Medication side effects, injuries up dramatically
Research Activities, June 2011, No. 370
The number of people treated in U.S. hospitals for illnesses and injuries from taking medicines jumped 52 percent between 2004 and 2008—from 1.2 million to 1.9 million—according to the latest News and Numbers from the Agency for Healthcare Research and Quality. These medication side effects and injuries resulted from taking or being given the wrong medicine or dosage.
The Federal agency also found that in 2008:
- The top five categories of medicines that had more than 838,000 people treated and released from emergency departments were:
- unspecified medicines (261,600);
- painkillers (118,100);
- antibiotics (95,100);
- tranquilizers and antidepressants (79,300);
- corticosteroids and other hormones (71,400).
- For patients admitted to the hospital, the top five categories causing side effects and injuries were
- corticosteroids—used for such illnesses as asthma, arthritis, ulcerative colitis, and other conditions (283,700);
- painkillers (269,400);
- blood-thinners (218,800);
- drugs to treat cancer and immune system disorders (234,300); and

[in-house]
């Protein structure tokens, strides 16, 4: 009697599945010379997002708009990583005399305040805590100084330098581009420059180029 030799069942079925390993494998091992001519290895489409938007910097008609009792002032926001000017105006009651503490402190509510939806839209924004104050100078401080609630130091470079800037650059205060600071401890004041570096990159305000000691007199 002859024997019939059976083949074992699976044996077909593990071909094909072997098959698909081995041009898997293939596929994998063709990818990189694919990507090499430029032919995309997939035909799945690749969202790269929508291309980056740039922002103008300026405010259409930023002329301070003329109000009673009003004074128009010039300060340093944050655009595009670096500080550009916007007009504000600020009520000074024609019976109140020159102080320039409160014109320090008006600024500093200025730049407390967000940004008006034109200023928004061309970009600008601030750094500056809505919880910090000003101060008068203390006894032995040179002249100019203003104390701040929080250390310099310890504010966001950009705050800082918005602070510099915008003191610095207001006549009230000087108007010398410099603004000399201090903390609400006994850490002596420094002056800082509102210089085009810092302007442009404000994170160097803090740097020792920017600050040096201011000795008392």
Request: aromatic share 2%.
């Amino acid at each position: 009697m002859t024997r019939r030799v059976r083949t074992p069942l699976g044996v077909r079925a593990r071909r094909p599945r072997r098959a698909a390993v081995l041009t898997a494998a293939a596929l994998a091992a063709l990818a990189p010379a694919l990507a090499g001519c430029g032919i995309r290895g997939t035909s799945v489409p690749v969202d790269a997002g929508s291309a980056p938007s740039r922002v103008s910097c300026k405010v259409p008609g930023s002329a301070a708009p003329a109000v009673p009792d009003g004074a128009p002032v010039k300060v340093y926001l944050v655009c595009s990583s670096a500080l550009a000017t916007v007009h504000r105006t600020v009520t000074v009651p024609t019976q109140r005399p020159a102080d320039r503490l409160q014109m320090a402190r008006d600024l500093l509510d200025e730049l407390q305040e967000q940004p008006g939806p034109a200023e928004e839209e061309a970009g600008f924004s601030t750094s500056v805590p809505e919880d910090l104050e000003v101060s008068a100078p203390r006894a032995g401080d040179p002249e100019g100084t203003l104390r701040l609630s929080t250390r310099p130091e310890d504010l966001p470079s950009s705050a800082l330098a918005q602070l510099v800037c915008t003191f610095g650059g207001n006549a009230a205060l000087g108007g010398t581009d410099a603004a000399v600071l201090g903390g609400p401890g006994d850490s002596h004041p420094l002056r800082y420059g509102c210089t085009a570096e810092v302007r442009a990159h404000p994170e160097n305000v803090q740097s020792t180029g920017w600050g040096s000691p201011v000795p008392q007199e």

- heart and blood pressure medicines (191,300).
- More than half (53 percent) of hospitalized patients treated for side effects or other medication-related injuries were aged 65 or older,
- 30 percent were 45 to 64,
- 14 percent between 18 and 44, and
- 3 percent under age 18. Children and teenagers accounted for 22 percent of emergency cases.
- About 57 percent of the hospitalized patients and 61 percent of emergency department cases were female.
This AHRQ News and Numbers is based on data in Medication-Related Adverse Outcomes in U.S. Hospitals and Emergency Departments, 2008 (available at http://www.hcup-us.ahrq.gov/reports/statbriefs/sb109.jsp). The report uses data from the agency's 2008 Nationwide Inpatient Sample and 2008 Nationwide Emergency Department Sample. For information about these two AHRQ databases, go to Databases and Related Tools from HCUP: Fact Sheet .
For more information, contact Bob Isquith at Bob.Isquith@ahrq.hhs.gov or call (301-427-1539).